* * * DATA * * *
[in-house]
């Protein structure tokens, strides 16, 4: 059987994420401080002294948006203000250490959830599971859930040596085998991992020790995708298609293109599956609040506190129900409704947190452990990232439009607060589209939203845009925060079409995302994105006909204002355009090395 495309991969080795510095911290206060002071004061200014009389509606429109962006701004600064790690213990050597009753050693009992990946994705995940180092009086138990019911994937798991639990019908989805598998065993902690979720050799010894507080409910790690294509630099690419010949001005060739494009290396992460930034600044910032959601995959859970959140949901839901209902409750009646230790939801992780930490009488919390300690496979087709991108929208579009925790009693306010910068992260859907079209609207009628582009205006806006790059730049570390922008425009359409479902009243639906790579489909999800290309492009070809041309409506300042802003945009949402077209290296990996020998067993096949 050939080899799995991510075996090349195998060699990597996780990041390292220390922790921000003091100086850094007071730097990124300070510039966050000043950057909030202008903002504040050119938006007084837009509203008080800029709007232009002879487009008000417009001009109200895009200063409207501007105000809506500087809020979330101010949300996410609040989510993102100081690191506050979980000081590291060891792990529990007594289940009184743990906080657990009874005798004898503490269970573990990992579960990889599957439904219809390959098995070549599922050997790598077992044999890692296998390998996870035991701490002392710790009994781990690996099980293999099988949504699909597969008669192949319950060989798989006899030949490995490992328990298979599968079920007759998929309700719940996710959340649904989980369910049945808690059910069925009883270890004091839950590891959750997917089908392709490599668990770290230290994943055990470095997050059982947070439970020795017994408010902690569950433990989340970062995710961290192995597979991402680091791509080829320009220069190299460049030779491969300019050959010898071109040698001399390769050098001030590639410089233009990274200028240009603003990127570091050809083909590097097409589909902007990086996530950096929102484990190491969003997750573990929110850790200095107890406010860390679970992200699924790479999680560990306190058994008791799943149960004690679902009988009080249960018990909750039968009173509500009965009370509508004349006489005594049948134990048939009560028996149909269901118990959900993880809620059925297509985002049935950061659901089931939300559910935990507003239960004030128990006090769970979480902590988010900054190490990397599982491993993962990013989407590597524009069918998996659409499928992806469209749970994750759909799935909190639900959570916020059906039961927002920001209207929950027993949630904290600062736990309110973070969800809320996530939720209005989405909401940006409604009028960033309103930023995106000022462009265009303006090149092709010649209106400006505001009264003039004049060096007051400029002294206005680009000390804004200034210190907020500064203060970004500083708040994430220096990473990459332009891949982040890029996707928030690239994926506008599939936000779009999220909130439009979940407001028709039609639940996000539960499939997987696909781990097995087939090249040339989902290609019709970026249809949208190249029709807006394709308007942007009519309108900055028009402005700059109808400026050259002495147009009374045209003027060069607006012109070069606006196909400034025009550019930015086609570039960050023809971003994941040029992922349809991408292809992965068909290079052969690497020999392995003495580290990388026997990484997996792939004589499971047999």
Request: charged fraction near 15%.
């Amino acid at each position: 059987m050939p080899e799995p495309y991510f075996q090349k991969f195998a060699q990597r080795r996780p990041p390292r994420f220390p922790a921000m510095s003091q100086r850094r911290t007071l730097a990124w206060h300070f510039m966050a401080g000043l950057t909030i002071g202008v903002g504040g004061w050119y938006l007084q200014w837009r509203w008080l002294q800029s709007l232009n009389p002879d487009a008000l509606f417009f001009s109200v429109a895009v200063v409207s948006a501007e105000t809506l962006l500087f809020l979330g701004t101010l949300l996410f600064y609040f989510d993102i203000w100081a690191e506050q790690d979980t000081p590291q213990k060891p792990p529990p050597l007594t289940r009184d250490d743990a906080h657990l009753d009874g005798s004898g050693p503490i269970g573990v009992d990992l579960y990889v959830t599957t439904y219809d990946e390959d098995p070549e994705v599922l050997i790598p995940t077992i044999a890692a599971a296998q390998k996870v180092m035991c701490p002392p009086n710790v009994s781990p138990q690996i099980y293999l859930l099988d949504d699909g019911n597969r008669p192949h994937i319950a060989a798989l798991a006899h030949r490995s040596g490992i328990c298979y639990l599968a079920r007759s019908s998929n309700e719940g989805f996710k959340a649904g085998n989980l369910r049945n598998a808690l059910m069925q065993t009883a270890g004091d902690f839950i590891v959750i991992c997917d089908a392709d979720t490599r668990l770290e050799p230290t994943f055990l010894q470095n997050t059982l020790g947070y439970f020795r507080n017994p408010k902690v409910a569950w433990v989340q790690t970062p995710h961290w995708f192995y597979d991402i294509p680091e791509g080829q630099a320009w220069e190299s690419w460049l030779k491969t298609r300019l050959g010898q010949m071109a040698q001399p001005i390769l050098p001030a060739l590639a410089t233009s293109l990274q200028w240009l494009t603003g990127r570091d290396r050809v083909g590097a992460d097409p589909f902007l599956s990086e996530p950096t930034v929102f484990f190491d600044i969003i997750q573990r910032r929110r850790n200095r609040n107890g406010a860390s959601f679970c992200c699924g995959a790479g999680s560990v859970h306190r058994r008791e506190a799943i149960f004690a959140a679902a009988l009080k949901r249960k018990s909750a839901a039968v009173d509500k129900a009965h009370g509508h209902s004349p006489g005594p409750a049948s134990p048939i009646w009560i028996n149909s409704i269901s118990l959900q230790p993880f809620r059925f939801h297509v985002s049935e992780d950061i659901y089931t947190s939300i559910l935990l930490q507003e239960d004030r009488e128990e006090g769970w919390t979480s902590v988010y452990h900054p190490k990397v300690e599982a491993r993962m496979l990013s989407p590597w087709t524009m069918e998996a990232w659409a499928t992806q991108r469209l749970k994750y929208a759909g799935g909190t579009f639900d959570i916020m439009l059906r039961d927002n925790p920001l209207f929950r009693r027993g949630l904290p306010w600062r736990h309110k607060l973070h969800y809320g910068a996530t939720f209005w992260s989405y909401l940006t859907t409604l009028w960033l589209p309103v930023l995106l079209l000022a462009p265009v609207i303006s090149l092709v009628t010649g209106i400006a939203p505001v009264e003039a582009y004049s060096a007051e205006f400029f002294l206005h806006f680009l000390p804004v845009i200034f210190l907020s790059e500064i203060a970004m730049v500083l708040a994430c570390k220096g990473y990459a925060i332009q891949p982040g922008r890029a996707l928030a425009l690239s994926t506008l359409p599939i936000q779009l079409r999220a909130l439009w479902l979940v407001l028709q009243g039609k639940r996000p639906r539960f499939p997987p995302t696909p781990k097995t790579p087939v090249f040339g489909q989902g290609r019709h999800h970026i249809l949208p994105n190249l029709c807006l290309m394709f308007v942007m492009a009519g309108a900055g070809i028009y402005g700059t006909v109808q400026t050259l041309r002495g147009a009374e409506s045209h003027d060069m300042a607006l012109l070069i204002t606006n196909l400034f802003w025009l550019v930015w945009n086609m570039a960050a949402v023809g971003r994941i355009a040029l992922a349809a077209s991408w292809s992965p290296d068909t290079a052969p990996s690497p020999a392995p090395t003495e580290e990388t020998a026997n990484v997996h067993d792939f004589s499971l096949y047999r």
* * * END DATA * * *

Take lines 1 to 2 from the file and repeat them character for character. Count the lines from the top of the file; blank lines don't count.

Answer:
[in-house]
């Protein structure tokens, strides 16, 4: 059987994420401080002294948006203000250490959830599971859930040596085998991992020790995708298609293109599956609040506190129900409704947190452990990232439009607060589209939203845009925060079409995302994105006909204002355009090395 495309991969080795510095911290206060002071004061200014009389509606429109962006701004600064790690213990050597009753050693009992990946994705995940180092009086138990019911994937798991639990019908989805598998065993902690979720050799010894507080409910790690294509630099690419010949001005060739494009290396992460930034600044910032959601995959859970959140949901839901209902409750009646230790939801992780930490009488919390300690496979087709991108929208579009925790009693306010910068992260859907079209609207009628582009205006806006790059730049570390922008425009359409479902009243639906790579489909999800290309492009070809041309409506300042802003945009949402077209290296990996020998067993096949 050939080899799995991510075996090349195998060699990597996780990041390292220390922790921000003091100086850094007071730097990124300070510039966050000043950057909030202008903002504040050119938006007084837009509203008080800029709007232009002879487009008000417009001009109200895009200063409207501007105000809506500087809020979330101010949300996410609040989510993102100081690191506050979980000081590291060891792990529990007594289940009184743990906080657990009874005798004898503490269970573990990992579960990889599957439904219809390959098995070549599922050997790598077992044999890692296998390998996870035991701490002392710790009994781990690996099980293999099988949504699909597969008669192949319950060989798989006899030949490995490992328990298979599968079920007759998929309700719940996710959340649904989980369910049945808690059910069925009883270890004091839950590891959750997917089908392709490599668990770290230290994943055990470095997050059982947070439970020795017994408010902690569950433990989340970062995710961290192995597979991402680091791509080829320009220069190299460049030779491969300019050959010898071109040698001399390769050098001030590639410089233009990274200028240009603003990127570091050809083909590097097409589909902007990086996530950096929102484990190491969003997750573990929110850790200095107890406010860390679970992200699924790479999680560990306190058994008791799943149960004690679902009988009080249960018990909750039968009173509500009965009370509508004349006489005594049948134990048939009560028996149909269901118990959900993880809620059925297509985002049935950061659901089931939300559910935990507003239960004030128990006090769970979480902590988010900054190490990397599982491993993962990013989407590597524009069918998996659409499928992806469209749970994750759909799935909190639900959570916020059906039961927002920001209207929950027993949630904290600062736990309110973070969800809320996530939720209005989405909401940006409604009028960033309103930023995106000022462009265009303006090149092709010649209106400006505001009264003039004049060096007051400029002294206005680009000390804004200034210190907020500064203060970004500083708040994430220096990473990459332009891949982040890029996707928030690239994926506008599939936000779009999220909130439009979940407001028709039609639940996000539960499939997987696909781990097995087939090249040339989902290609019709970026249809949208190249029709807006394709308007942007009519309108900055028009402005700059109808400026050259002495147009009374045209003027060069607006012109070069606006196909400034025009550019930015086609570039960050023809971003994941040029992922349809991408292809992965068909290079052969690497020999392995003495580290990388026997990484997996792939004589499971047999």